0 comment Sunday, November 9, 2014 |
When November 23 rolls around, which is the anniversary of the Battle of Lookout Mountain during the War Between the States, I usually post a little piece about that event. I do that in honor, mainly, of my great-great grandfather, who died in that battle, near Chattanooga, Tennessee.
He was one of some 500+ Confederate soldiers who died during that battle, which lasted from November 23rd to the 25th. The South lost that battle, and took heavier losses than the Union army did in that battle.
It may not have been a crucial battle in that devastating war, though some say that if the battle had not been lost, the war might have had a different outcome. We will never know.
Right now, it seems as if we descendants of those ill-fated soldiers are still engaged in a continuation of the war, with our history, our way of life, and our symbols under attack. Our children are taught that their forefathers of the Confederacy (and all Southron people, really) were bad and immoral people, because of slavery and because of their 'rebellion'.
''There are those who despise us, who wish to stamp us out, or worse still, to use us as a milk cow so they can live lives of ease. There are those who believe us to be evil, and demand we repent at the alter of the damned while they sup at the table of the blessed. There are those who fear us, and so continually try to strip away all reminders of what we once were.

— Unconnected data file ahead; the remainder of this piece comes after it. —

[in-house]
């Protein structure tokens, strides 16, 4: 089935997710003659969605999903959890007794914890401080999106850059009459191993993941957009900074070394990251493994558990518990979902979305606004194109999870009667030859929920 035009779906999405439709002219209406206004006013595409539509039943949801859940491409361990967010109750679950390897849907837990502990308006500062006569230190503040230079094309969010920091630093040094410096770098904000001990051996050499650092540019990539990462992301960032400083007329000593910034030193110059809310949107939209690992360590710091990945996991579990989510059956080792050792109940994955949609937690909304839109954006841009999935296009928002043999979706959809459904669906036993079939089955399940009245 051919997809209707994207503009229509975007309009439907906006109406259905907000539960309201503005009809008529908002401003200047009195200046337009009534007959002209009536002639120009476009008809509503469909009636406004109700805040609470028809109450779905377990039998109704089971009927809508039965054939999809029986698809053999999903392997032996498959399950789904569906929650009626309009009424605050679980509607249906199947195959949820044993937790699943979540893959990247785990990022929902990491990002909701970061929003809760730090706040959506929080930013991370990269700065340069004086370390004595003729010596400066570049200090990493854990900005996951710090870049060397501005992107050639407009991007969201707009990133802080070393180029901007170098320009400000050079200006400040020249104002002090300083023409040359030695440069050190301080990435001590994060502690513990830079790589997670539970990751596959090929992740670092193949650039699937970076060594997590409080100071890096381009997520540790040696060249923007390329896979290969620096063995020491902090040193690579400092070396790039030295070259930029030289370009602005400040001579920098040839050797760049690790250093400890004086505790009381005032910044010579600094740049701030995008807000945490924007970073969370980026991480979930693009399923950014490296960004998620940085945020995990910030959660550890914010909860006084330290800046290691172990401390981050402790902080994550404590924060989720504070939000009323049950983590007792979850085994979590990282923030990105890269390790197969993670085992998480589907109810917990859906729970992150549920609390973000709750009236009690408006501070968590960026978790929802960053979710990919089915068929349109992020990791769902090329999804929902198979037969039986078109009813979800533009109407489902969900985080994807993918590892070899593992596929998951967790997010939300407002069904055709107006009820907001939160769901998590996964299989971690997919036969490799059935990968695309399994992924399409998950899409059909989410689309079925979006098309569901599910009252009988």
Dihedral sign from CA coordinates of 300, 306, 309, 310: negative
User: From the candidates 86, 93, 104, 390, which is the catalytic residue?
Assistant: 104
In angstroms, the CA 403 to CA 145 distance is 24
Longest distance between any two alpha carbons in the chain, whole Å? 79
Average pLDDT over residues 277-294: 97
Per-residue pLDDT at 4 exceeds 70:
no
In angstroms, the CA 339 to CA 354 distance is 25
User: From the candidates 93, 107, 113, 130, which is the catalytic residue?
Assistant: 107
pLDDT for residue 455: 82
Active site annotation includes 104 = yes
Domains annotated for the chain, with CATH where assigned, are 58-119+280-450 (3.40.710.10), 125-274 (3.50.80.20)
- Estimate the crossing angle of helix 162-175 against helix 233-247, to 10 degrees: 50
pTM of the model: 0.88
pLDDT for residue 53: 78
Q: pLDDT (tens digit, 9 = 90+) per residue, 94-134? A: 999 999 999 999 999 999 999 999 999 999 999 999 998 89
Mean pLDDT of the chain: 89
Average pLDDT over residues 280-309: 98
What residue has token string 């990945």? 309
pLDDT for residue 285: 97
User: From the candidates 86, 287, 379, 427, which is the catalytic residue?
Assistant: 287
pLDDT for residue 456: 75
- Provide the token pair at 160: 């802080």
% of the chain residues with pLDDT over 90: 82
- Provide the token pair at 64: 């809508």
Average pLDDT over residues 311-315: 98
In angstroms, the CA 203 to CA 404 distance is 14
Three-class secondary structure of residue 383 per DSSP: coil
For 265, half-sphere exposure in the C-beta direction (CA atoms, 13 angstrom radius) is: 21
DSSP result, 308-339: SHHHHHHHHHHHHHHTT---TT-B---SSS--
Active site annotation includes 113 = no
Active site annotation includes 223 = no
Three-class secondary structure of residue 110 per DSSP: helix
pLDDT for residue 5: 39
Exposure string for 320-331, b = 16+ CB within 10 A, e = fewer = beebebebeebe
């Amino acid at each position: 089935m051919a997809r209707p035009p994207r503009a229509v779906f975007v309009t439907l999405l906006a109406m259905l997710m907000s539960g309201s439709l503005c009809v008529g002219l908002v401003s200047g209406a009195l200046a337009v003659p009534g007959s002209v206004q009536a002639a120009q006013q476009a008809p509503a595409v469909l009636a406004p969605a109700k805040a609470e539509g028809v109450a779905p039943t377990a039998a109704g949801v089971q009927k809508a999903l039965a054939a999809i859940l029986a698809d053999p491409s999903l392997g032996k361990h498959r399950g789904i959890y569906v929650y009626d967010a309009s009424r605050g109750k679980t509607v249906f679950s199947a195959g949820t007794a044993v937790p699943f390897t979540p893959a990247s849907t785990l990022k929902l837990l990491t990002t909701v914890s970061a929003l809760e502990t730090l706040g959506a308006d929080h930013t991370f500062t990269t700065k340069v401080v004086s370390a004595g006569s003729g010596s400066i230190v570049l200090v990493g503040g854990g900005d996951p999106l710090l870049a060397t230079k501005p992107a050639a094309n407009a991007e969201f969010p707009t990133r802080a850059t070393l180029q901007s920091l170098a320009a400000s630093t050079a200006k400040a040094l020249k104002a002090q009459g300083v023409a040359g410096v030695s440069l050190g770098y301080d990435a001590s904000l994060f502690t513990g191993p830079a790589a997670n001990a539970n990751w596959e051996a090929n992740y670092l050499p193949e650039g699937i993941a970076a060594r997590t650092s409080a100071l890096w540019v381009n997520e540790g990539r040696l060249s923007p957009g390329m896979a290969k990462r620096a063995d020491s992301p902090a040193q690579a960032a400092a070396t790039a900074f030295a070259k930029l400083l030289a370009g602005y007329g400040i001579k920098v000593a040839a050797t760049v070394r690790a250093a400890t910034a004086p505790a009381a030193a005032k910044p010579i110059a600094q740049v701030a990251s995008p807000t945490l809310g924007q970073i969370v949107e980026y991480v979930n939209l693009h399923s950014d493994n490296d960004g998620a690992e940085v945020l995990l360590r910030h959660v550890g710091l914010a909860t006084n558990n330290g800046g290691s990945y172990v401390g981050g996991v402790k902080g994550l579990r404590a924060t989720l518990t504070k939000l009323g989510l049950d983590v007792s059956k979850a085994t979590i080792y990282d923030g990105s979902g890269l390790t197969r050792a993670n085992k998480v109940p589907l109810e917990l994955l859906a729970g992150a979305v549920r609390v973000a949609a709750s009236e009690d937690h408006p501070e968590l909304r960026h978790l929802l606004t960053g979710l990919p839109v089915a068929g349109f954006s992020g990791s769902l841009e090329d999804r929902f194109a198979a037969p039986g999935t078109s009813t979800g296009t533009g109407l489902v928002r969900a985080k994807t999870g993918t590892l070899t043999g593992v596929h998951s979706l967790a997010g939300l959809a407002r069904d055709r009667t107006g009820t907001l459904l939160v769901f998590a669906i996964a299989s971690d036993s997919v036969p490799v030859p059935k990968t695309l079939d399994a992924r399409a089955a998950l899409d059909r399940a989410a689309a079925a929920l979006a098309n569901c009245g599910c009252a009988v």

But we are still here, still living in our land, the land of our forefathers, more numerous than ever and though tyrannized, abused, and dispirited, poised to renounce our oppressors and reclaim what is rightfully ours.
For nearly 200 years, from George Washington to George Wallace, our people acted with a singleness of purpose. Even though defeated in a great war in 1865, we stood as one people to the outside world, defending our lives, land, homes, and inalienable rights with remarkable solidarity. But since our defeat in the Civil Rights War of 1965, we have been betrayed by many of our natural leaders in government, in the church, in business, and in the university.''
The above quote is from the late Dennis Wheeler, whose writings I have quoted here before. He was an eloquent defender of the Southron heritage, and he spoke truly there in that quote.
We are now seeing the fruits of the War's outcome; the defeat of the Confederacy meant the victory of an ever-stronger central government and the stripping away of state's rights and regional autonomy. The events of the day emphasize that fact unequivocally.
I am sure that my great-great grandfather, who was only one of several in my line of ancestry who fought for the Confederacy, was fighting not for abstractions, but for home and land and kin and faith. And for the right to live our lives in freedom, without an overbearing government to make us fear and cower.
It is time that we speak up in defense of our forefathers and our heritage, as we owe them that much. I believe in honoring my father and mother, and to me, that means all my fathers and mothers who
preceded me and gave me life.
And let me honor, too, the names of some other of my kin who served in the army of the Confederacy.
Benjamin Farrar Eddins - he was mortally wounded during Coxton's Raid in Alabama.
Zadoc Mitchell Holloway - killed at Shiloh.
John Allen Barksdale - died in battle, Spottsylvania, Virginia.
Lewis Summerfield Scruggs, and Joseph Howell Scruggs.
And there are others, your ancestors (perhaps) and mine,whose names are probably meaningful only to their descendants and kin.
Let's not forget our Confederate forefathers,nor let their names be slandered by those who are enemies of our heritage.

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